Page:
Slow, big breaths ain’t what the doctor’s ordering

This is part of a recurring series examining landmark articles in Emergency Medicine, in the style of ALiEM’s 52 Articles.

Discussing:  The Acute Respiratory Distress Syndrome Network. “Ventilation with Lower Tidal Volumes as Compared with Traditional Tidal Volumes for Acute Lung Injury and the Acute Respiratory Distress Syndrome” N Eng J Med, May 2000; 342(18): 1301-08

Main Points

This landmark study was stopped early! It determined that in patients with acute respiratory distress syndrome (ARDS) who are treated with lower tidal volumes than those treated with traditional volumes:

  1. Mortality is decreased by 31.0% vs 39.8% (P = 0.007)
  2. Breathing without assistance increases by the 28th day by 65.7% vs 55.0%
  3. The number of ventilator free days increases by 12 ± 11 vs 10 ± 11. days (P = 0.007)

ARDS is a life-threatening condition for which the mortality was quoted in this study to be approximately 40 to 50 percent.  (To be blunt, any study that uses death as its primary outcome is looking at a very ill cohort.) 

Much has been learned about the pathophysiology of ARDS, but very little headway has been made in the treatment of it. The authors of this study looked at adjusting ventilatory tidal volume and plateau pressures for treatment for ARDS.  The authors also measured plasma interleukin-6 in the first 204 of 234 patients as a measure of lung inflammation. The results were significantly in favor of the lower tidal volume group.  

Details

This was a prospective, randomized controlled study that assorted 861 patients into two groups.  Patients were randomly selected to be treated with tradition ventilation treatments, initial tidal volumes of 12 ml per kilogram of predicted body weight and a plateau pressure of 50 cm of water or less, versus lower tidal volumes of 6 ml per kilogram of predicted body weight and a plateau pressure of 30 cm of water or less.

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Think pulmonary embolism and you may find it….

This is part of a recurring series examining landmark articles in Emergency Medicine, in the style of ALiEM’s 52 Articles.

Discussing:  “Prospective Multicenter Evaluation of the Pulmonary Embolism Rule-out Criteria.” (J Thromb Haemost 2008;  Kline JA et al.)

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boringem.org

Main Points

  1. Pulmonary Embolism Rule-out Criteria (PERC):
  • age < 50,
  • heart rate < 100 bpm
  • SaO2 < 95%
  • no hemoptysis
  • no estrogen use
  • no surgery/trauma requiring hospitalization within 4 weeks
  • no unilateral leg swelling
  • no prior venous thromboembolism

2) PERC in combination with clinical gestalt for low suspicion of pulmonary embolism (PE) reduces the probability of venous thromboembolism (VTE) to below 2%.

Background

Chest pain is the most common emergency department chief complaint.  The differential diagnosis is vast, and includes high acuity conditions (such as myocardial infarction, aortic aneurysm, and pulmonary embolism) down to low acuity conditions (such as reflux, muscle strain and anxiety.)  Pulmonary embolism is one of the high risk clinical conditions that should not be missed. However, determining which patient should or should not be worked up for pulmonary embolism can be difficult.   Continue reading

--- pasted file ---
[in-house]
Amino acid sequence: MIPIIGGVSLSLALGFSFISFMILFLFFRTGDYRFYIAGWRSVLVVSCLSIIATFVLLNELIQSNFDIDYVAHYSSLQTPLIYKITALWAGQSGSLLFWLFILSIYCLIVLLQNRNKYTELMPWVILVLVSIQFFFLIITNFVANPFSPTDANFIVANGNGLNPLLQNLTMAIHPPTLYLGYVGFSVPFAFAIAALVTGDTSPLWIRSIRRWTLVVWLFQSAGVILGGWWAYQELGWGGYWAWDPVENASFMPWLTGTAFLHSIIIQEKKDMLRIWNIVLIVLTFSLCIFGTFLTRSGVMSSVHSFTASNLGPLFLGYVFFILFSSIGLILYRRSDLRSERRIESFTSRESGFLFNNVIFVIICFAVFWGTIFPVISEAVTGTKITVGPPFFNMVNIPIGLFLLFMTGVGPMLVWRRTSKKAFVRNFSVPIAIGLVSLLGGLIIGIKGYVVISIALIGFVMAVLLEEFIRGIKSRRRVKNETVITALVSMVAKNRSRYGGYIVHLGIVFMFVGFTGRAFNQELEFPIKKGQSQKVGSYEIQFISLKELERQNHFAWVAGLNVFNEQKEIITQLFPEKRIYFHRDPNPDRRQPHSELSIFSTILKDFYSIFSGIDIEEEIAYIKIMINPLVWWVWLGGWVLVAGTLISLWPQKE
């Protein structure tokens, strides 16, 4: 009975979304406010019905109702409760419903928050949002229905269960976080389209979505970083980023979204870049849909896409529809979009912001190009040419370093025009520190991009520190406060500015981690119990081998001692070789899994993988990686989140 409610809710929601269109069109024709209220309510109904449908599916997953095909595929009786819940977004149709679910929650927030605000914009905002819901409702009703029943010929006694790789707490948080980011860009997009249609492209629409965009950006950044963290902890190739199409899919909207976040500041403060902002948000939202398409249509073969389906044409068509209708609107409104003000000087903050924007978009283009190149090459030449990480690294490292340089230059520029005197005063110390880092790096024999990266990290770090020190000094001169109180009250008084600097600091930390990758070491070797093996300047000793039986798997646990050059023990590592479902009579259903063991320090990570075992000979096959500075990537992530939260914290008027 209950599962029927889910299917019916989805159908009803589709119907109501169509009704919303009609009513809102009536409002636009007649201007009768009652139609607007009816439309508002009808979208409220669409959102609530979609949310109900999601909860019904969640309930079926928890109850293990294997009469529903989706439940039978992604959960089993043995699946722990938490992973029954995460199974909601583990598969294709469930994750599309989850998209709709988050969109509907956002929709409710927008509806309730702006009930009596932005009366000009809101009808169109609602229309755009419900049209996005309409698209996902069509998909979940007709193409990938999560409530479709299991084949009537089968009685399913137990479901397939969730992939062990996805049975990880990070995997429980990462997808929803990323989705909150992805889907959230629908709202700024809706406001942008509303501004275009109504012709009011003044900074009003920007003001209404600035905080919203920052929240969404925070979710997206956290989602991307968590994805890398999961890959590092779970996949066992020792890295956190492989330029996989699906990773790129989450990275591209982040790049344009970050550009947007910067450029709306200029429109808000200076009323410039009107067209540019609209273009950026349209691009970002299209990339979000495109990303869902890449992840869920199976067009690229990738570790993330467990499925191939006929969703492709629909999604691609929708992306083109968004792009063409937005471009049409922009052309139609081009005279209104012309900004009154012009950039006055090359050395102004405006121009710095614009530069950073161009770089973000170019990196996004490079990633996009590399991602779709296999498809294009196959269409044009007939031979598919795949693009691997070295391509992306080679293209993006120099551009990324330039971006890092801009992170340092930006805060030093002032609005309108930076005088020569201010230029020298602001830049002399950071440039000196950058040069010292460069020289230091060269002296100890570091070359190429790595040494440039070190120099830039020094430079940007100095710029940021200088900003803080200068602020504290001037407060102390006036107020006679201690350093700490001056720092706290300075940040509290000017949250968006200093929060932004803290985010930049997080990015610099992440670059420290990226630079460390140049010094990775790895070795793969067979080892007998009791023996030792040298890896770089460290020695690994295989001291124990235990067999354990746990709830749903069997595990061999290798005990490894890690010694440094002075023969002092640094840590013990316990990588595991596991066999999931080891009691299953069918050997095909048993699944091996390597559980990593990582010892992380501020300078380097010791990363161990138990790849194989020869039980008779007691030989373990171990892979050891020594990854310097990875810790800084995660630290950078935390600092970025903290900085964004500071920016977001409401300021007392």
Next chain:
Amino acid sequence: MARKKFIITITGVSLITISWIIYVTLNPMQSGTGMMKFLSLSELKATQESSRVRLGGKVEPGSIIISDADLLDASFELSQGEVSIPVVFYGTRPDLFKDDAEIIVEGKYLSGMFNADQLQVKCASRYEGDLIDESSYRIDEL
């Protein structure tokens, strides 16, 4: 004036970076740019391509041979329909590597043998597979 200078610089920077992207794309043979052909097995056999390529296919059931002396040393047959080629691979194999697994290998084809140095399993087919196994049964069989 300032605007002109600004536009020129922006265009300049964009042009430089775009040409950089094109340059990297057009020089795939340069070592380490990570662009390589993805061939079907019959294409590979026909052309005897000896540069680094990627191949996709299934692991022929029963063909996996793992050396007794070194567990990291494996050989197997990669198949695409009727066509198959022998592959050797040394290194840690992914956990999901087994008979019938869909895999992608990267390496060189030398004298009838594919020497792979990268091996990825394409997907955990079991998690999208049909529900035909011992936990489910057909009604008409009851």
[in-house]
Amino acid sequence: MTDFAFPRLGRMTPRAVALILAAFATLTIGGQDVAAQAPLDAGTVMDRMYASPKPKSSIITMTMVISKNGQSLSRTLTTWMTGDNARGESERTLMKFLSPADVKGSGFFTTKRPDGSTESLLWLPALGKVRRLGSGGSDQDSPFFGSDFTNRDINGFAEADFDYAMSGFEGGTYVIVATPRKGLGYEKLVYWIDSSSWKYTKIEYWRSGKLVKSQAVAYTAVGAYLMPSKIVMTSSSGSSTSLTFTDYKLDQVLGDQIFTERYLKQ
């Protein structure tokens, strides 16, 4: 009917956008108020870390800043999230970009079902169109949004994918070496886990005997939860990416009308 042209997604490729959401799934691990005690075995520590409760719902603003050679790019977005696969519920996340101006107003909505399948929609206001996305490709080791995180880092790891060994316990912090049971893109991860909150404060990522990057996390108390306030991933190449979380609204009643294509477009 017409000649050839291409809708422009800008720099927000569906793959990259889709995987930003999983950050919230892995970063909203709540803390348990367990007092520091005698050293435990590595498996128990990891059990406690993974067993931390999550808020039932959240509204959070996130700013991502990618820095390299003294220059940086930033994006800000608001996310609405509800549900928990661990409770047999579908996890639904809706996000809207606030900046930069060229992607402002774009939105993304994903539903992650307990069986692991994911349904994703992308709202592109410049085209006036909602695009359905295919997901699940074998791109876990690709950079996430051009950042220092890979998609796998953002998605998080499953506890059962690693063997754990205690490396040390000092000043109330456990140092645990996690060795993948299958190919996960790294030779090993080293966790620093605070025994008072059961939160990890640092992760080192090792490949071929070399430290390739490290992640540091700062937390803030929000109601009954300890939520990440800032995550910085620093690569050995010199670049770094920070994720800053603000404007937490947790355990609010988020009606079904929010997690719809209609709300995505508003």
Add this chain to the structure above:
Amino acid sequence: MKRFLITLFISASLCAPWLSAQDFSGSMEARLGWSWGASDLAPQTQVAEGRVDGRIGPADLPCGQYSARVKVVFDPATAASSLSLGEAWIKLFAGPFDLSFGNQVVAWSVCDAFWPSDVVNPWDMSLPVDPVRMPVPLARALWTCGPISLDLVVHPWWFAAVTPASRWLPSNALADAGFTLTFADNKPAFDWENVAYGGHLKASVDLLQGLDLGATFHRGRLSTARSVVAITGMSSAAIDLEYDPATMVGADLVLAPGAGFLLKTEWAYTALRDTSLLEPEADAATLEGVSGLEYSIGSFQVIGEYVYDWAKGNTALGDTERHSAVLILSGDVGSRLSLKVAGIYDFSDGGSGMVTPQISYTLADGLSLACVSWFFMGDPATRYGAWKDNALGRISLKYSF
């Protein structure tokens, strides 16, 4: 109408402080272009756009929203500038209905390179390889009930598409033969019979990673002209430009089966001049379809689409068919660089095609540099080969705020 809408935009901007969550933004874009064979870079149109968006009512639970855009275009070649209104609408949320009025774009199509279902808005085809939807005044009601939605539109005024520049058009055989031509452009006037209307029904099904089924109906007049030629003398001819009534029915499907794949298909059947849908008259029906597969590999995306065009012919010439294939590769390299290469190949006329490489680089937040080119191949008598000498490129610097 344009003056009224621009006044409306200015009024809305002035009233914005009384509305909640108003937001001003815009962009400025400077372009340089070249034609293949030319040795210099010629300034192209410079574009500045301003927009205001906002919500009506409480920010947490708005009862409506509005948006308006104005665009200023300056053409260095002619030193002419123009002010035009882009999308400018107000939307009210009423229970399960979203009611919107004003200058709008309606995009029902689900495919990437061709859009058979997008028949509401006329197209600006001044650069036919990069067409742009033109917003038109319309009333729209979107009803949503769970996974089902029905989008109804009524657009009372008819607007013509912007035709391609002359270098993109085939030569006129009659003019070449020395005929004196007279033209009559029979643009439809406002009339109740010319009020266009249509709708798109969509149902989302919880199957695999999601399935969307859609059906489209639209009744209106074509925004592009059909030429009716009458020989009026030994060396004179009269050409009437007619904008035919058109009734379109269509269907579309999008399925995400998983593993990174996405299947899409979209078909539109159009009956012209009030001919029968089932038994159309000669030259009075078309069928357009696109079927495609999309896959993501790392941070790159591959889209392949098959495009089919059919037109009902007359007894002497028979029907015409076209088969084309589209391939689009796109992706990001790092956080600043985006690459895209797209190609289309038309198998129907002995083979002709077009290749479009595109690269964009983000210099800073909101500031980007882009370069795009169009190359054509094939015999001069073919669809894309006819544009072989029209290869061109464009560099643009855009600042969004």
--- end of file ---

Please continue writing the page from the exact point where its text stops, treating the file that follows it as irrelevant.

Of course the patient’s blue…that’s why I’m intubating.

 

Discussing: “Preoxygenation, Reoxygenation, and Delayed Sequence Intubation in the Emergency Department” (Weingart SD, J Emerg Med. 2010 Apr 7)

Main Points:

  1. Patients requiring intubation should be classified by oxygenation saturation as low risk, high risk and apneic.  
  2. Reservoir face masks with oxygen set at the highest rate possible are the recommended sources of high FiO2 during preoxygenation.  
  3. All patients, if possible, should be intubated with the head-elevated position to increase safe apnea time.
  4. Consider using CPAP masks, noninvasive positive pressure ventilation or PEEP valves on a bag-valve mask in patients who cannot achieve oxygen saturations greater than 93%-95%
  5. Rocuronium may provide a longer duration of a safe apneic period in patients with a high risk of desaturation.
  6. A nasal cannula set at 15 L/minute is effective at providing oxygenation during the apneic period.

Background:

Intubation is a vital procedure to the Emergency Physician.  Yet there is more to it than just placing an endotracheal tube.  There is the setup, positioning, oxygenation, sedation, checking tube placement, and more.  On top of this, there is the underlying illness to consider.  The truth is, the majority of patients intubated in the Emergency Department (ED) are sick.  Something is very physiologically wrong, and they are not maintaining adequate oxygenation.  It becomes your job to do this for them.  The authors in this article did an extensive literature review on pre-intubation and peri-intubation techniques which reduce the risk of hypoxia in the adult patient requiring intubation in the ED.   Continue reading